WESEL, Germany – Major German corporations are increasingly taking stakes in startups in order to profit from their creativity. One in five companies with more than 1,000 employees have taken a share in startup enterprises as a means of promoting innovation. Such shareholding models are found much less often in smaller enterprises. Only one in 10 enterprises with fewer than 1,000 employees are pursuing this strategy. These are some of the findings of the Industry Innovation Index 2015. This cross-sector study, conducted by the forsa institute on behalf of the specialty chemicals company ALTANA, surveyed 250 top decision makers and 250 entry-level employees in German industrial companies.
"German industry has an undeniably great innovative strength, and that's precisely why we can also learn from new market players and from other countries," says ALTANA CEO Dr. Matthias L. Wolfgruber. "Innovative capability is always connected with the sharing of knowledge. I personally admire the entrepreneurial courage in the U.S." The study confirms that Germany presents underutilized potential in this respect: two out of five industry managers say that their company has little or no willingness to assume risk. Entrepreneurial courage is a strong feature of only 14 percent of companies.
Cooperation as Well as Financial Stakes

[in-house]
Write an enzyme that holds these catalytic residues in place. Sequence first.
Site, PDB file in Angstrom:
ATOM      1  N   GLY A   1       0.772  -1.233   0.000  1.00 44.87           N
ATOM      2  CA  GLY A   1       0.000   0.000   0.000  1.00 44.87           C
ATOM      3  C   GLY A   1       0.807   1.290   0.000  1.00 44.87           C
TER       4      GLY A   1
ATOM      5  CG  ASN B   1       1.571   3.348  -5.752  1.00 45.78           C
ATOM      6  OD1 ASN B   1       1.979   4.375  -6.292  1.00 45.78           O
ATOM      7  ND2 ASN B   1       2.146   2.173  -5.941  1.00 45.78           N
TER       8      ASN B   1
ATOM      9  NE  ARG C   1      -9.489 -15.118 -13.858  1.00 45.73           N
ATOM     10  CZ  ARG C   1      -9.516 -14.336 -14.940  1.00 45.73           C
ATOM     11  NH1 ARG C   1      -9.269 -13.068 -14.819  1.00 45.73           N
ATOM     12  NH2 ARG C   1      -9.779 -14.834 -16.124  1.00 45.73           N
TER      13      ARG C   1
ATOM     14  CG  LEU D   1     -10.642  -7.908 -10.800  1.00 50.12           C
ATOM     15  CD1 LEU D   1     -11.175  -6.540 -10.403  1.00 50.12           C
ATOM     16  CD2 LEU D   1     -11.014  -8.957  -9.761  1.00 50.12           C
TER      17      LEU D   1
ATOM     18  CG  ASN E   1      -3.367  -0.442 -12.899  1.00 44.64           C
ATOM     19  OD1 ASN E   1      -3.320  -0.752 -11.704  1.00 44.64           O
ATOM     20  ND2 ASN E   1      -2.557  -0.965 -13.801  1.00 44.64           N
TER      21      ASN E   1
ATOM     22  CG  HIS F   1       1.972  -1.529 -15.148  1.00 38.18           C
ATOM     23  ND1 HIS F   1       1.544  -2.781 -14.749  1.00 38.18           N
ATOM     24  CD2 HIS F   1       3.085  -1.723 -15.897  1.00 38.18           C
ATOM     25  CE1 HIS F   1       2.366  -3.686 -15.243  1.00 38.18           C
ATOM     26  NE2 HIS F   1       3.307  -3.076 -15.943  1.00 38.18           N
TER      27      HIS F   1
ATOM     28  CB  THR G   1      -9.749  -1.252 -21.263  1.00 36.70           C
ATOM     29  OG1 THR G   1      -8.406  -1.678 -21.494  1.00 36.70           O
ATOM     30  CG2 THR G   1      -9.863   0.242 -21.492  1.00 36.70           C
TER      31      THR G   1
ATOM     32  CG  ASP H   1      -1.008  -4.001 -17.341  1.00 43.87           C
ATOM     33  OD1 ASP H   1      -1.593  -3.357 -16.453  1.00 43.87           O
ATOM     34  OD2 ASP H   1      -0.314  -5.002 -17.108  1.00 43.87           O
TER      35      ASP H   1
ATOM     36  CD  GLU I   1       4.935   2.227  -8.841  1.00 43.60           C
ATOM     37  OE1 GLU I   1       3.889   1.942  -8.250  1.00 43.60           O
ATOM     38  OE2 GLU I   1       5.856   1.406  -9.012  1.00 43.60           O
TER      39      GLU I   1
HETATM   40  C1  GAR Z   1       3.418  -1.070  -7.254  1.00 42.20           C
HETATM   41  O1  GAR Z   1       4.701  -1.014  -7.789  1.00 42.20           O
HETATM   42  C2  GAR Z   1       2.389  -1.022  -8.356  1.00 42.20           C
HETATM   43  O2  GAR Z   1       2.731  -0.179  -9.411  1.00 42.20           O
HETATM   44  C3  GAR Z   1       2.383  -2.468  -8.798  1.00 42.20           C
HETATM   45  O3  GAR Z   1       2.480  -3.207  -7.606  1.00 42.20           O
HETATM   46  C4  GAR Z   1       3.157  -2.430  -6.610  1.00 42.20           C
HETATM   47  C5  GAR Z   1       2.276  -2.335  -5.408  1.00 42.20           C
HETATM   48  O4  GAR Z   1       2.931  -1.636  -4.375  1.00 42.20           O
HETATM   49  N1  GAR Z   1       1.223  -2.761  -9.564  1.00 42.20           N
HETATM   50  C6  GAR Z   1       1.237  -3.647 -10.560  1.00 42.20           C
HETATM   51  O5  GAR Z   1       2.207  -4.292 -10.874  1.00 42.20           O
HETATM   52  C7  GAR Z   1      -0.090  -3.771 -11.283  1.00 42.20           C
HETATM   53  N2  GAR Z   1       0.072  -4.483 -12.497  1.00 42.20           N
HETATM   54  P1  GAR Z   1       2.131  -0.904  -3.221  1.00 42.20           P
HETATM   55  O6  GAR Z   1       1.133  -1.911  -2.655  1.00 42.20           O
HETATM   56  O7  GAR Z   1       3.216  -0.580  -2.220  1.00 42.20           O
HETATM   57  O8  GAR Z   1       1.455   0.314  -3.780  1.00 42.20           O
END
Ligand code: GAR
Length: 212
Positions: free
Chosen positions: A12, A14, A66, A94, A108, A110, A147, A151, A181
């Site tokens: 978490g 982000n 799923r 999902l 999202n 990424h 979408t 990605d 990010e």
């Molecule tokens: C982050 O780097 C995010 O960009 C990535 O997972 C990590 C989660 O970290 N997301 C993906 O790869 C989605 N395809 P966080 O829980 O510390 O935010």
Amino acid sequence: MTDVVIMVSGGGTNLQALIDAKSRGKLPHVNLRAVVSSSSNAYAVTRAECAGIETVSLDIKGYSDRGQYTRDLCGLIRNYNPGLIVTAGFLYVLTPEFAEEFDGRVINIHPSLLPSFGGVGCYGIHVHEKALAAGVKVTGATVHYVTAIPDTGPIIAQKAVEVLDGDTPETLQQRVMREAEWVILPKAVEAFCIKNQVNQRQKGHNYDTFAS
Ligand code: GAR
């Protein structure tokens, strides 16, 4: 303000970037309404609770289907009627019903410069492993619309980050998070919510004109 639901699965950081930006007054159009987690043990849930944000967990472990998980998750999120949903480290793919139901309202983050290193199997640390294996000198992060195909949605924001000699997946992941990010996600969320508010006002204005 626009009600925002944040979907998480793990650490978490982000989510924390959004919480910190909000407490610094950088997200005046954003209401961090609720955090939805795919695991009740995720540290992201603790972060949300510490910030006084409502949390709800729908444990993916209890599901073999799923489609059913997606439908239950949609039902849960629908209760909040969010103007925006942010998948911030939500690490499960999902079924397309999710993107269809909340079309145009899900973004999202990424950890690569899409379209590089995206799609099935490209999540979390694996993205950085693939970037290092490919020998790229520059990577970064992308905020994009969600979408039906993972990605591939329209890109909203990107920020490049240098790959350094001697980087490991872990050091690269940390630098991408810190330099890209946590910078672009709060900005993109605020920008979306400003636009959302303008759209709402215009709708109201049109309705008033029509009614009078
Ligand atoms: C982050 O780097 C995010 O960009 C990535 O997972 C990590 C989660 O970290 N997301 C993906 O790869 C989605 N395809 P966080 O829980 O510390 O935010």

In addition to financial shareholdings, German industrial enterprises also use other forms of networking to promote innovation. Ninety-two percent depend on cooperation with their customers, for instance in the area of joint product development. Eighty-seven percent work together with service providers, while 86 percent regularly share information with trade associations. Academic partnerships follow with 77 percent. Seventy-two percent join up with networks and think tanks. Sixty-three percent of the companies surveyed pursue partnerships with other industrial enterprises. These networking strategies are used proportionally more frequently by large corporations and less often by medium-sized enterprises.
External Knowledge Often Not Systematically Utilized
The externally acquired knowledge is not systematically utilized in over 40 percent of industrial companies. Only 11 percent of companies use this know-how consistently; this is partially true for a further 45 percent. This picture is accurate for both large and medium-sized industrial enterprises. "Information discovered through exchanges with external partners should be systematically made available internally to all areas that could benefit from it," declares ALTANA CEO Wolfgruber. "This requires a company culture that not just permits communication across hierarchic and departmental boundaries, but consistently promotes it."
Background to the Industry Innovation Index 2015 Study
At the end of 2014, market research institute forsa was commissioned by the ALTANA Group to conduct 500 telephone interviews with representatives from industrial companies with over 250 employees. A total of 250 members of management boards, managing directors and division heads were interviewed. At the same time, forsa polled 250 entry-level employees at industrial companies aged between 18 and 35, with work experience of two to five years.